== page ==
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Sunday, July 10, 2011

Prosecuting the Innocent: Little White Lies

In an era where the ends often are cited to justify the means, and where the rules often seem to be flexible for those with enough financial or human capital (read: having connections in high places, or damaging information on those same people), we face the issue of whether potentially entirely-innocent people should be investigated, indicted, prosecuted and imprisoned on nothing more than the say-so of purported victims or witnesses whose motives to lie may be strong and whose credibility may be lacking to begin with.

This Monday Wall Street Journal article addresses the credibility issues of the alleged rape victim in the case of former International Monetary Fund executive Dominique Strauss-Kahn.

Prosecutors -- and the press corps -- are urged to remember the fateful words of former Reagan Administration Labor Secretary Raymond Donovan, who said after being acquitted of corruption charges in the Wedtech investigation, "Which office do I go to get my reputation back?"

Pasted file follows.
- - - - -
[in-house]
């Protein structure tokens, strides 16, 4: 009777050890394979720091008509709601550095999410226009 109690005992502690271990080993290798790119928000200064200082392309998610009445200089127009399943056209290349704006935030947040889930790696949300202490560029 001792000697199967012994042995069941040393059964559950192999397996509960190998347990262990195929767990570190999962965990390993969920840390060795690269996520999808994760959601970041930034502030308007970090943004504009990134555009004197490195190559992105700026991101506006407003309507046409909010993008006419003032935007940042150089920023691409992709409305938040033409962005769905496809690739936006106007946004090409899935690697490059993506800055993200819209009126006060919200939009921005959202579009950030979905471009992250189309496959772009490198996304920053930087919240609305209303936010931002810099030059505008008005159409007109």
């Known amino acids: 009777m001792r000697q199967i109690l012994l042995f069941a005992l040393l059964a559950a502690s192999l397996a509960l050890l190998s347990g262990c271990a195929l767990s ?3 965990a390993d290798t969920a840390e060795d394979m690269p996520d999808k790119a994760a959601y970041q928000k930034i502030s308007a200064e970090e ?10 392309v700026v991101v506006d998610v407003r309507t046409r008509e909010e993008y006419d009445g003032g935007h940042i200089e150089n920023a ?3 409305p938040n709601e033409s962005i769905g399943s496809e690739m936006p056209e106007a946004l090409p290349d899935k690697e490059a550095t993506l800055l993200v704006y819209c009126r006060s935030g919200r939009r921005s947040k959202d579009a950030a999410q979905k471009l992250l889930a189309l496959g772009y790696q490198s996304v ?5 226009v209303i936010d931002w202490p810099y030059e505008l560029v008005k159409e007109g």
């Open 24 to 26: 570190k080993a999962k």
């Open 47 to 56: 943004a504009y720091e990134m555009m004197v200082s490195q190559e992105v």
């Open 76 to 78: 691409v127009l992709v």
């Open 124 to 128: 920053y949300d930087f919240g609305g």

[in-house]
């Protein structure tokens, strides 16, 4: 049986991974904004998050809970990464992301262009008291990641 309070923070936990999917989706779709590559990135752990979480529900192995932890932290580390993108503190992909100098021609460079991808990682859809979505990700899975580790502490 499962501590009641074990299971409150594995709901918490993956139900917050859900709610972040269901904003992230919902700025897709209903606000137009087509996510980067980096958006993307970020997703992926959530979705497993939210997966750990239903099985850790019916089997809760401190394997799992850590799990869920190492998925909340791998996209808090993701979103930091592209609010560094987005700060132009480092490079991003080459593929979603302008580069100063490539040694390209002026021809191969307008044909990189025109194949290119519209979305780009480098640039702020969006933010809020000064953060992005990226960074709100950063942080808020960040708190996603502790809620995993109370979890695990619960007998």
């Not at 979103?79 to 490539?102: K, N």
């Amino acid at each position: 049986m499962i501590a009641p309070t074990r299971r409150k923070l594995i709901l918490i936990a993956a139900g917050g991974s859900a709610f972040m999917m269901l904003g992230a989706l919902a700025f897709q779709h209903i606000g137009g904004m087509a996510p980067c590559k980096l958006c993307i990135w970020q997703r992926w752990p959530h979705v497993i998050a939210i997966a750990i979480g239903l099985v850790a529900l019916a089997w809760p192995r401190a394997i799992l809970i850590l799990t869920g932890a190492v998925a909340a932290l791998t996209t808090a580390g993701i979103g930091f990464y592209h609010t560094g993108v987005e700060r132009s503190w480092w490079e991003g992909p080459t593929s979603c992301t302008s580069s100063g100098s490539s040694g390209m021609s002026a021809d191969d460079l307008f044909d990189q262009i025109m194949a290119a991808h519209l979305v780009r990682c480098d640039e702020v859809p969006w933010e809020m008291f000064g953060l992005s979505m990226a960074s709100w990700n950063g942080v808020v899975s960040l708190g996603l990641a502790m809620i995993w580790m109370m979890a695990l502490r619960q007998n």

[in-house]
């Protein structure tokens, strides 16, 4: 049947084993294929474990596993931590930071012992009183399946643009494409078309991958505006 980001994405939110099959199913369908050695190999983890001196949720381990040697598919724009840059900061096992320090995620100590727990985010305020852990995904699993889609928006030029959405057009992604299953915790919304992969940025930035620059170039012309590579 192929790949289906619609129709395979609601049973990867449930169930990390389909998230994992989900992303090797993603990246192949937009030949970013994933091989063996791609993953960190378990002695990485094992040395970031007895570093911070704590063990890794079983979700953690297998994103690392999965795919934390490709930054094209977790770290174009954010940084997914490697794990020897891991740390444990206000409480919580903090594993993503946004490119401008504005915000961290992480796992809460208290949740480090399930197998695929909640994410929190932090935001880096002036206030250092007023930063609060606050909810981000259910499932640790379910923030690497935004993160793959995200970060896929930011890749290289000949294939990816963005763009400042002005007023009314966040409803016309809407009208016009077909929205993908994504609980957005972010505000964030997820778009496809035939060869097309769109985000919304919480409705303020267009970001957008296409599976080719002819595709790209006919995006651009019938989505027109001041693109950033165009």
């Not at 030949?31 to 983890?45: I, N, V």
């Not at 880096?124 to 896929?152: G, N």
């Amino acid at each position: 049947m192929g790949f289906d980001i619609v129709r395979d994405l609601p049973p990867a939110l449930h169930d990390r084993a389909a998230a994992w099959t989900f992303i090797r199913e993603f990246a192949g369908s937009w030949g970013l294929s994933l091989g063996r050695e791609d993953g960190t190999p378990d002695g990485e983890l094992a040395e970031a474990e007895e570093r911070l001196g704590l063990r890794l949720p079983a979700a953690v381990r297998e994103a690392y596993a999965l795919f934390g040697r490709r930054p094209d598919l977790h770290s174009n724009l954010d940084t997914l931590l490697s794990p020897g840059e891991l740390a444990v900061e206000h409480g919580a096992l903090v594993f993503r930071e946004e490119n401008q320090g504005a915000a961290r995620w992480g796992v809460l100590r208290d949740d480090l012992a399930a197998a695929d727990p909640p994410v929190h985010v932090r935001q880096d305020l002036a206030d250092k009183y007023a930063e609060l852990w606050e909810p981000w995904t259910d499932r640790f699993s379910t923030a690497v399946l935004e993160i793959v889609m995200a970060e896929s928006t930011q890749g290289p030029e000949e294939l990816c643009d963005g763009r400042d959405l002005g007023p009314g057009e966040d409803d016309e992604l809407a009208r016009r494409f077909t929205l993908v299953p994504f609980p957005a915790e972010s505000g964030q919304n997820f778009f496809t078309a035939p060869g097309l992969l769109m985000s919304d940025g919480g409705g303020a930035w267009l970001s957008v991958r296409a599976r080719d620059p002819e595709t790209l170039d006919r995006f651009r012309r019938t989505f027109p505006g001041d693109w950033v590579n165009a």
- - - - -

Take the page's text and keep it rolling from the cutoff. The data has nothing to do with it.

A habitual liar is not necessarily lying all the time.  However, witnesses who have pleaded guilty and are awaiting a favorable recommendation from prosecutors at sentencing -- the so-called 5K1.1 letter, named for the section of the Federal Sentencing Guidelines covering credit for cooperation with the government -- do have every incentive to lie, embellish, exaggerate and otherwise deceive in their account.

Eric Dixon is a New York lawyer who handles strategic analysis, complex investigations, crisis consulting, litigation stress consulting and political matters.

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